The Participatory Culture Foundation (PCF) began as a nonprofit in 2006 with a focus on creating open source software to ensure that emerging video technologies were accessible to all. Today, we are still very much a mission-focused nonprofit; however, since getting our start, we have witnessed major shifts in the computing landscape that have led … Continue reading Why We are Closing Amara’s Source Code
Two new subtitle languages are now supported on Amara: Mirandese from Portugal and Nhengatu from Brazil. We are happy to share more about these languages! Mirandese (mwl) Mirandese is part of the Indo-European language family and it is spoken in the Northeast population of Portugal. It is a co-official language of the town Miranda do … Continue reading New to Amara: Mirandese and Nhengatu
Ghost Work prominently features Amara On Demand (AOD) as a promising and alternative path for crowdwork.
Hello Amara users, The next time you open up the subtitle editor, you may notice the new “Beta Editor” button. You can use this button to test drive some new beta features for the subtitle editor on your regular subtitling work. We hope these additions will make your subtitling sessions more productive and fun! These … Continue reading Try out new features on the Beta editor!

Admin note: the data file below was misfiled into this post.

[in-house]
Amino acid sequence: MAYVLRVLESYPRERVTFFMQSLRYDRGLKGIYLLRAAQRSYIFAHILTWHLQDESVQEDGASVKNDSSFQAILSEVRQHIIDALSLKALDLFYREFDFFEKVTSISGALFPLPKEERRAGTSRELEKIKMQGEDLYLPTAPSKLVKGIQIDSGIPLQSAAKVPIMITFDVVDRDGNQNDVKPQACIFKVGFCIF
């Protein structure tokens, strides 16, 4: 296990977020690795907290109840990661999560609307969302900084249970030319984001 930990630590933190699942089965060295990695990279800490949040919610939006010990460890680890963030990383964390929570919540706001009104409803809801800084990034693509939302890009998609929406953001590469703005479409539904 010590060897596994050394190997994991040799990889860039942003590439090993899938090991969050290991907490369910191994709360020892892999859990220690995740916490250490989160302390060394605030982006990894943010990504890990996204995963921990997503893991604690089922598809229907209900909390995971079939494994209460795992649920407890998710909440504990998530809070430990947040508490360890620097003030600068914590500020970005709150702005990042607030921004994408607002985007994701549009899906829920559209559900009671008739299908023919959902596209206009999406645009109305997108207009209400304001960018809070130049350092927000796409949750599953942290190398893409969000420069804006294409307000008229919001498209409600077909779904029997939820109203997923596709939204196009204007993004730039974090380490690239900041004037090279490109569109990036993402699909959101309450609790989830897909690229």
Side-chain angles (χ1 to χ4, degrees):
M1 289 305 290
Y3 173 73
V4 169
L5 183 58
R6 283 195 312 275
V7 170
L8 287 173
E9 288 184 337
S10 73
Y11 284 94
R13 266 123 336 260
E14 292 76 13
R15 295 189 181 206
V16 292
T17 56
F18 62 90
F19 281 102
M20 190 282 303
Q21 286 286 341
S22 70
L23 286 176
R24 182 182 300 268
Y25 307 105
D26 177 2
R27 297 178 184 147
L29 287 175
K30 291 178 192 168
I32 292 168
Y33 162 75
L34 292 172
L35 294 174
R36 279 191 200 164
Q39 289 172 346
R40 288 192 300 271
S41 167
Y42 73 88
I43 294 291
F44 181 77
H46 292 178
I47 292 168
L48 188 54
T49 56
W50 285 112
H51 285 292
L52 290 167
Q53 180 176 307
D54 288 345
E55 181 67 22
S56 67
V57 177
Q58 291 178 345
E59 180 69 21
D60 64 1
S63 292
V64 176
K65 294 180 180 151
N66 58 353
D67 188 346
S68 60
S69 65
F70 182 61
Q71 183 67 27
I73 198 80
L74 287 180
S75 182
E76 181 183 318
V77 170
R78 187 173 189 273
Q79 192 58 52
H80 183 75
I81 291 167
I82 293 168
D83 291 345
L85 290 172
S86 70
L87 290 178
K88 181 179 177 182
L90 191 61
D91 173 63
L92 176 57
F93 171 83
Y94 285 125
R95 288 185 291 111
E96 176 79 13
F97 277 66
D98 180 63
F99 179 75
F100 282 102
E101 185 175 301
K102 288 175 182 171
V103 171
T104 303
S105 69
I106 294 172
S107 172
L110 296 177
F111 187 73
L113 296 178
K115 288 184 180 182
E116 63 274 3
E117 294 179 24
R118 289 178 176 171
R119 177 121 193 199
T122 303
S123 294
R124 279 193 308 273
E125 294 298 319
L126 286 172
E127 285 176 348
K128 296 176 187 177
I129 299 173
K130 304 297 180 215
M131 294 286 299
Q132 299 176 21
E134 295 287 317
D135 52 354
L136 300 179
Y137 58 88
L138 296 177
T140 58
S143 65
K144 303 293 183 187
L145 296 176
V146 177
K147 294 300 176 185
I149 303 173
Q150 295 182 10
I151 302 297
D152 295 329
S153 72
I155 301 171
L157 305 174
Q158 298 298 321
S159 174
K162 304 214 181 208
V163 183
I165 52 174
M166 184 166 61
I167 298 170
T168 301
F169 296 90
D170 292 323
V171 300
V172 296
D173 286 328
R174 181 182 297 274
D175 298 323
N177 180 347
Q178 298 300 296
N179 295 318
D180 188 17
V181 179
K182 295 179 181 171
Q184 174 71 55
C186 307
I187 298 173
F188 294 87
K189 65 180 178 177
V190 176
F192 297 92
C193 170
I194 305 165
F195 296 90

We are planning on making some changes to our API over the next few months, including a handful of backwards incompatible changes.
In our latest page update to Amara’s teams, we included a new filter style that’s significantly different from the way we display filters on the other team pages. We put the filters on top of the list so they don't take up the left side of the screen. We’re trying out this new filter style … Continue reading Amara Team Members, Your Opinions Needed on Amara’s New Filter Style
Spoken where France, Italy, and Switzerland meet, Franco-Provençal’s name also represents the frontier between linguistic regions. You can see where it is spoken on this language map from the Arpitan Cultural Alliance: Graziadio Isaia Ascoli, famous linguist of the 19th century, named Franco-Provençal after two groups of languages spoken in central Europe at the time: … Continue reading Franco-Provençal (Arpitan): Language Convergence at Alpine Heights